The prospects for renegotiating the terms of EU membership are poor. In 1974-75, a Labour government renegotiated the terms of the 1973 UK accession but achieved negligible concessions from eight other member states. This time 27 other member states would have to agree to any treaty change. A referendum in 1975 to stay in the then European Community was easily won but that reflected the fact the EC was then seen as an economic success while the UK was in great economic difficulty. At present the UK economy is also in difficulty but less so than in 1974, while the EU’s performance is much weaker, with the exception of Germany and some small member states. If a failed renegotiation were seen as a humiliation to the UK it could therefore have much more effect on the outcome of a referendum than last time.

The prospects for persuading other member states in everybody’s interests to reform the EU are more favourable. Already, the 2014-20 budget has for the first time been cut in real terms compared to the previous seven year period and a process of eliminating superfluous legislation has already achieved significant results (albeit only a fraction of what could be done).  One sensitive policy area, fisheries, has been radically reformed and decentralized.  There is clearly much more that can be done[i] but the UK will not get its way on everything. The controversial working time directive is unlikely for example to be eliminated though as it is essentially voluntary this is of much less importance to British business than is often claimed.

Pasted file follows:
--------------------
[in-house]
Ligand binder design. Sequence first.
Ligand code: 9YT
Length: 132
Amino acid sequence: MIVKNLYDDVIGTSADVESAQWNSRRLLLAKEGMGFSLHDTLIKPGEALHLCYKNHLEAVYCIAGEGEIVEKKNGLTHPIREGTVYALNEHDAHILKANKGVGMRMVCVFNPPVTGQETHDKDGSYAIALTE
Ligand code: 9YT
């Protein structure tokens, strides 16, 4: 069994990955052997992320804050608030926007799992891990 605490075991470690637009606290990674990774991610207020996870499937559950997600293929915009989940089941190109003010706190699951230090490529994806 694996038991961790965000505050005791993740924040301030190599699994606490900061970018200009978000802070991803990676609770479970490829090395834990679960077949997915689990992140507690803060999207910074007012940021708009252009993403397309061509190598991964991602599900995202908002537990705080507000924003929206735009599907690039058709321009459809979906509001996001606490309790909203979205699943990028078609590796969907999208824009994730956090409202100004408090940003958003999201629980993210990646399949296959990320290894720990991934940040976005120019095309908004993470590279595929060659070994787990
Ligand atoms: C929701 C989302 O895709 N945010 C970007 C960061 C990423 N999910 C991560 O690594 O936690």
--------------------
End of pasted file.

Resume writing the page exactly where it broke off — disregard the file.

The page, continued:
[i]  See Cut EU Red Tape October 2013 by a UK Business Task Force. The proposals are clear and well argued. They will not all be accepted by those who think that s competitiveness and efficiency are objectives that should automatically over-rule other objectives. But there should be general agreement that there is far too much red tape at both EU and national levels, which is not proportional to achieving environmental, health, safety or other objectives. The report could do more to clarify where its proposals are primarily to eliminate paper work and where there will be some impact on other objectives, but where it is arguing that such benefits are disproportionate to the costs.  It may be pointed out that not means all the proposals are for “less EU”.  For example proposals to extend the market in services, simplify VAT payments where two or more countries are involved, improve licensing of medicines across the EU and eliminating barriers to e-commerce, all require positive action at the EU level, overriding the rules and practices of member states.